A disciplinary hearing involving secondary school teacher Enoch Burke has ended, with the board of management due to consider the matter further before issuing its decision.

The proceedings under Section 4 of the Department of Education Circular 49/2018 relate to alleged gross misconduct at Wilson's Hospital School in Westmeath.

After today's meeting in Mullingar ended, the school principal and a legal representative for the board of management were followed and verbally berated by Mr Burke, his mother and two of his siblings.

Frank Milling and solicitor Katherine Kelly were followed out one exit of the hotel by the Burkes and back into the front entrance of the property, before they took refuge in a function room.

Mr Burke had taken exception to the presence of legal representatives for the board of management being at today's meeting.

Speaking before he was asked to leave the premises by hotel staff, Mr Burke said it was "preposterous and reprehensible" that the board of management meeting proceeded in such circumstances.

He described the process as a "sham and a cover up".

His mother, Martina Burke, described the meeting as "evil" and said it was "a shambolic process".

Yesterday, the High Court refused to grant Mr Burke an injunction to prevent the hearing.

Mr Justice Conor Dignam said the applicant's intention to continue to breach court orders against him, meant the balance of justice tipped against allowing the injunction.

Mr Burke contends last September’s order, that he not present for duty at the school, is unconstitutional.

Today's hearing got under way shortly after 10am, but was interrupted by Mr Burke and some members of his family, who took issue with the way the proceedings were being held.

They repeatedly chanted that the chairperson of the board of management should be present at the meeting. The person in question took ill last night.

In their absence, members elected a new chairperson for today’s hearing.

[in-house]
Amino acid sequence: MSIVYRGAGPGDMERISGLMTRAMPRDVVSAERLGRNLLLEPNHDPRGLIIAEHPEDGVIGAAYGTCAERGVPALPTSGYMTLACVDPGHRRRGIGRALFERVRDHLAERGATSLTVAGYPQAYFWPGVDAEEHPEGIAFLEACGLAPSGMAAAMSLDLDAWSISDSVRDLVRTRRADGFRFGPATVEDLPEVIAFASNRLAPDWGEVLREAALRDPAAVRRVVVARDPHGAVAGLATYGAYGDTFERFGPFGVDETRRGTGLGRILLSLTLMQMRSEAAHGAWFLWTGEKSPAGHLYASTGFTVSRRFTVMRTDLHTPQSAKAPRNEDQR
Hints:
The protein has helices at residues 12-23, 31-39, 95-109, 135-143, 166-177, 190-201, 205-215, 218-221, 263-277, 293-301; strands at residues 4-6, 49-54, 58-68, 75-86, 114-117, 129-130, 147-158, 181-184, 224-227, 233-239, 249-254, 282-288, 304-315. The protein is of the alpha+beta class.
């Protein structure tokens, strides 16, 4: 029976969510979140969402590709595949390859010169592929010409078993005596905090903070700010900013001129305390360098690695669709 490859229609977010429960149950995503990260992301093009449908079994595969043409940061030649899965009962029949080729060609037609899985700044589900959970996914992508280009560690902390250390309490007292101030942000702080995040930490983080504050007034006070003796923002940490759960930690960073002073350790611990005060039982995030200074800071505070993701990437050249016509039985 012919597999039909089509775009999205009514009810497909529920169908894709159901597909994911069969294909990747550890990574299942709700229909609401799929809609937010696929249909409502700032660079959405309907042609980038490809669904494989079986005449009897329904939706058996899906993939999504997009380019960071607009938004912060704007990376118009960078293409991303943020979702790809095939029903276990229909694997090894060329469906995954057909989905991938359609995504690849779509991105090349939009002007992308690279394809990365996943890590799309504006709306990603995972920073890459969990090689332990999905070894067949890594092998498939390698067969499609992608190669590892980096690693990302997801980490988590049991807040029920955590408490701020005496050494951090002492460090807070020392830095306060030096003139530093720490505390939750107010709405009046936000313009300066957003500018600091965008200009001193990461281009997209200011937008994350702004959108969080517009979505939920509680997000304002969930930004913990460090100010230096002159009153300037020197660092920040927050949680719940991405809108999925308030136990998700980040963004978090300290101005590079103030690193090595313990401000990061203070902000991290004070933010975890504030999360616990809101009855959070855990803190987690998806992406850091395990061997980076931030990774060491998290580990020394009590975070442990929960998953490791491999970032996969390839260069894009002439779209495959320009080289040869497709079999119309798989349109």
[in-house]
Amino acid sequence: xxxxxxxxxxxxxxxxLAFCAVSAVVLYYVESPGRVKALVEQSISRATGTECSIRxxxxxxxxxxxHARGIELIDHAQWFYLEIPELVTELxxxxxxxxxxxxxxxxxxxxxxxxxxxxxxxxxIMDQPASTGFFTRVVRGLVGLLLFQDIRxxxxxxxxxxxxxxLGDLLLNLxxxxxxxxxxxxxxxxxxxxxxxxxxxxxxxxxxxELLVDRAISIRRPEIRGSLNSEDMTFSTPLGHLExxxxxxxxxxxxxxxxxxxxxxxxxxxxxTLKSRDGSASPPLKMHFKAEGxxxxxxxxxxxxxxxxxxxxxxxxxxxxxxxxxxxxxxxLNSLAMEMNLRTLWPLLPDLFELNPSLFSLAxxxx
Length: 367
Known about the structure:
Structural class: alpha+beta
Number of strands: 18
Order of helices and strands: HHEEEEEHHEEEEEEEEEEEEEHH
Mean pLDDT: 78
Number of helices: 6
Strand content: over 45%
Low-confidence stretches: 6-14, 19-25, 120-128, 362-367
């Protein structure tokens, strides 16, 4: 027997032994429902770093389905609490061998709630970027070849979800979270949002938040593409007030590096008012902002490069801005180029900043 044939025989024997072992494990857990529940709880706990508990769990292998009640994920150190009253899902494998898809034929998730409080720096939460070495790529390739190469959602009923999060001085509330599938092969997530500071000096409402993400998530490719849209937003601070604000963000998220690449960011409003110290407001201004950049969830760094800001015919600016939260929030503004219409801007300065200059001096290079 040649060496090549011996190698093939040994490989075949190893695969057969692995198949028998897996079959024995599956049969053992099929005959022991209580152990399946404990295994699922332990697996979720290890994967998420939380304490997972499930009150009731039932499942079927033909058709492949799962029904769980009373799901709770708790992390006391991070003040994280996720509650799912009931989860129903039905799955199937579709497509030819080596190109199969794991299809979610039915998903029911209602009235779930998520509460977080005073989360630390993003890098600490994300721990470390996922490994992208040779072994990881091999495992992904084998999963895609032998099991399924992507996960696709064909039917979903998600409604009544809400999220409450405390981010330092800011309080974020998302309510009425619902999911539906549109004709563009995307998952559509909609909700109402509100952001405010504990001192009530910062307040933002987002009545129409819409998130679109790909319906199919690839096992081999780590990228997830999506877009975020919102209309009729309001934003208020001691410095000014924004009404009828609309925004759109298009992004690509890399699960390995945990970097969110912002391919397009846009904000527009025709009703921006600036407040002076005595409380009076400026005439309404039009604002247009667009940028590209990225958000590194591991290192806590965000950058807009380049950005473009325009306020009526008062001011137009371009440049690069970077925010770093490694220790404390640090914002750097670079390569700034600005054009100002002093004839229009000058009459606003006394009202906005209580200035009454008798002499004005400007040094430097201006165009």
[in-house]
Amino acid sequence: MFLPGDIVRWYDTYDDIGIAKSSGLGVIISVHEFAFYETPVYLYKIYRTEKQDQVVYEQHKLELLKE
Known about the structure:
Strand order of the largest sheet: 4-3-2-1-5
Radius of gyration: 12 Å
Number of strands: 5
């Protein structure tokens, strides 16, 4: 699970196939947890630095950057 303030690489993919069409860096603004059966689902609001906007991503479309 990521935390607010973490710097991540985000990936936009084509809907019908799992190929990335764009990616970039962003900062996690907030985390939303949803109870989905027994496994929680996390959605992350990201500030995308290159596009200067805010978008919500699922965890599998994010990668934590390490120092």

Mr Burke also objected to the presence of legal representatives for the board of management being in attendance.

Amid heated protests by the Burke family, local gardaí were called to the scene. They monitored the situation for around 90 minutes, before leaving the hotel.

Sources close to the board of management said the process was conducted "to the letter" of the relevant department circular, in relation to disciplinary procedures.

These govern revised guidelines for the suspension or dismissal of teachers and principals.

However, Mr Burke contends that these guidelines do not allow for the board to have additional representation at such a hearing.

While the criteria allow for a teacher to be accompanied by up to two people, he said there is no allowance for the board to have additional representation, as the process takes place at a meeting of the board of management itself.

The circular states that following the hearing, the board will notify the teacher of its decision and any intended disciplinary action, if that be the outcome of its deliberations.

Such sanctions can range from final written censure up to dismissal.

The circular says any disciplinary action should be proportionate to the nature of the issue of professional competence.

Any teacher or principal subject to sanction has the right of appeal to an Independent Appeal Panel, which would be appointed by the board of management.

A dispute between Mr Burke and the school arose after the then principal of the school sent an email to staff asking them to address a pupil by a new name and "they/them" pronouns.